Was the first dose the safe guard ? I would wait at least 30 days before giving him another regular dose . The power dose can kill a large worm load at once as stated before and have bad consequences. You can collect poop off the top of the pile when it is fresh and grab it up in a rubber glove or plastic zip lock bag, turn the bag inside out put on like a mitten grab a good handfull, pull the bag over the poo and zip it up, take it to the Vets to be examined.
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post #6 of 18 Old 06-14-2015, 03:14 AM
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Definitely consult a vet. If you have a relationship with a vet already, you may be able to call their office and get advice over the phone. If not, have one come out and start building that relationship now!

IIRC, young horses are more susceptible to worms and need more frequent worming than mature horses. Your vet will be able to help you figure out an effective worming routine!

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post #7 of 18 Old 06-14-2015, 03:33 AM
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You might also be able to send in a fecal sample for testing at a lab...I'm pretty sure UC Davis does that.

It's been a while since I researched this stuff, but IIRC white worms in poop are usually tapeworms...I'm pretty sure I read something about putting neem oil under the horse's tail which either kills or prevents the worms from laying more eggs...? Now that I type it out, it sounds weird, lol. But you might want to check it out for yourself. :)

If you have a microscope and the appropriate accessories, you can learn to do your own fecal egg counts. Just Google it and you'll find instructions and reference photos of worm eggs. I'm not saying you should forego a professional test, but it might be worth it to get comfortable doing it yourself so you can keep tabs on your young horse. :)

Happy trails!
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post #8 of 18 Old 06-15-2015, 11:52 AM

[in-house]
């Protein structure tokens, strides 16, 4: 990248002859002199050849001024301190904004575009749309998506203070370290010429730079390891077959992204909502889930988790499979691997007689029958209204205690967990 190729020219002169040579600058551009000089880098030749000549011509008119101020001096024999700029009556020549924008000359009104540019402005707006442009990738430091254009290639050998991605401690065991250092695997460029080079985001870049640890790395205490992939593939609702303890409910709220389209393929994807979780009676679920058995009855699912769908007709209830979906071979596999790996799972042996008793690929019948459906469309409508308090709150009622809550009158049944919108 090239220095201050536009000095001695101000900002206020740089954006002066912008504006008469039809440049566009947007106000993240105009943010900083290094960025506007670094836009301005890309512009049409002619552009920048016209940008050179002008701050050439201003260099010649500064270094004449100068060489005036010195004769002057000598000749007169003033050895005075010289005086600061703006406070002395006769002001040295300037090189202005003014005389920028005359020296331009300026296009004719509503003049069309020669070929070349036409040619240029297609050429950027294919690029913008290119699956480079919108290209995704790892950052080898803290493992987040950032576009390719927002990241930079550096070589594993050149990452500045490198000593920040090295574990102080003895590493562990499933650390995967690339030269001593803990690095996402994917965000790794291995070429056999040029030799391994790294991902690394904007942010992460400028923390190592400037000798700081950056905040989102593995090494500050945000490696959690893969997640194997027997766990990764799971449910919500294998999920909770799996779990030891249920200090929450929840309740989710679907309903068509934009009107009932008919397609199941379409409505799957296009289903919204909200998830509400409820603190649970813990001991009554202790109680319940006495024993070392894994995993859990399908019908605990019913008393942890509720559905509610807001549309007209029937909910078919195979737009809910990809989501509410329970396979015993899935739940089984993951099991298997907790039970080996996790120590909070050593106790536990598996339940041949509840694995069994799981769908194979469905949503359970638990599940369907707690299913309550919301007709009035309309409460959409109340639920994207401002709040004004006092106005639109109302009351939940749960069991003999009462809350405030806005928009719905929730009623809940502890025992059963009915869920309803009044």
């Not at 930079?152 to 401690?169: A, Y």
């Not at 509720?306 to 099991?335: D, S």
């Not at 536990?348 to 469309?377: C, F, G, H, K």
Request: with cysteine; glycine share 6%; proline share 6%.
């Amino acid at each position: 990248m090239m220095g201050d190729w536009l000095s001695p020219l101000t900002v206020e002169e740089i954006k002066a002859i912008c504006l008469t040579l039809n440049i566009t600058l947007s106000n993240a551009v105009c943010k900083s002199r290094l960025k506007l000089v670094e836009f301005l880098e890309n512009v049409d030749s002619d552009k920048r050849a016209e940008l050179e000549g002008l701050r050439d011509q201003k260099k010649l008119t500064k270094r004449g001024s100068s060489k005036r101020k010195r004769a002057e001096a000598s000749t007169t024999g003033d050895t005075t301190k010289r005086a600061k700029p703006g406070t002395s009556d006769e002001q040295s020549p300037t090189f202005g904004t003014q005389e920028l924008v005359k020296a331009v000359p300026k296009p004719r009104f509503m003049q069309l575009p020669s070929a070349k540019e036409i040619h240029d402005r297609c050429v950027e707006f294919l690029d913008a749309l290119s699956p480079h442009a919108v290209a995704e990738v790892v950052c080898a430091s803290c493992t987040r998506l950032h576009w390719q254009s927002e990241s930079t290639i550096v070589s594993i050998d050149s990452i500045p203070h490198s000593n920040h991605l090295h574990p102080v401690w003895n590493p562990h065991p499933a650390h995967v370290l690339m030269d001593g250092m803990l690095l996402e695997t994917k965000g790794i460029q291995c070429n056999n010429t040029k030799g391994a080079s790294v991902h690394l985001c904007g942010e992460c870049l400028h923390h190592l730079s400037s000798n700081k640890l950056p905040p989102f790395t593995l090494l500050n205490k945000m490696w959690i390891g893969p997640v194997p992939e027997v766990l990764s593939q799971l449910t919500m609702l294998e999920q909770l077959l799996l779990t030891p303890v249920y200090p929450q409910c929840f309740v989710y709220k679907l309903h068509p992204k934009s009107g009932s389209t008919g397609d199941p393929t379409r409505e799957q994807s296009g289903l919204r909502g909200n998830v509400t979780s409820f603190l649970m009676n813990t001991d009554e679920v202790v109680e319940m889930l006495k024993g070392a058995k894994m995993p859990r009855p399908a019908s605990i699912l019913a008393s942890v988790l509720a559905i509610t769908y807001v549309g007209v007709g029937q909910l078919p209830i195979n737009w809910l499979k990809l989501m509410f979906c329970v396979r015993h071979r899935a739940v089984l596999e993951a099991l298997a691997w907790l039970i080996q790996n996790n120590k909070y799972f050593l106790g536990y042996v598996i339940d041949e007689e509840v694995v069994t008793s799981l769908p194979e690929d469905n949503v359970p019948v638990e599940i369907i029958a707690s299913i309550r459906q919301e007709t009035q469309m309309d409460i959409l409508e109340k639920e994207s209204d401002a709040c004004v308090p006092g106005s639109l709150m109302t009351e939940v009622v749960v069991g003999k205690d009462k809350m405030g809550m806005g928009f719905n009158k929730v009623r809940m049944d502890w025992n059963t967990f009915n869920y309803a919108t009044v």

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Quote:
Originally Posted by augustusmccraethepaint View Post
The lady who owns the place where I board my horse, gave him dewormer for me later that day.
I endorse all the suggestions to have your vet do a fecal exam. But the fundamental question is, where did your horse get worms? Did it happen before or after your horse arrived at the present location?

If your horse achieved that kind of a worm load at the present facility, there is a problem with how it is managed.
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post #9 of 18 Old 06-15-2015, 01:03 PM
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They're most likely to be Roundworms - horses under 3 years seem to be more susceptible to them and they're rarely ever seen in older horses
Tapeworm have a segmented look to them and often come out broken up into these small segments and look less like a typical worm
Heavy infestations ban cause blockages and colic so you do need to get on top of the problem
Your horse is picking up the eggs from the pasture so maybe their management practices need re-thinking?
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post #10 of 18 Old 06-15-2015, 01:08 PM
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Second the vet statement!
Plus, the vet can worm your horse for you... they will give your horse the proper amount for its weight/age/the amount of worms it has. Much better than an "over the counter" wormer.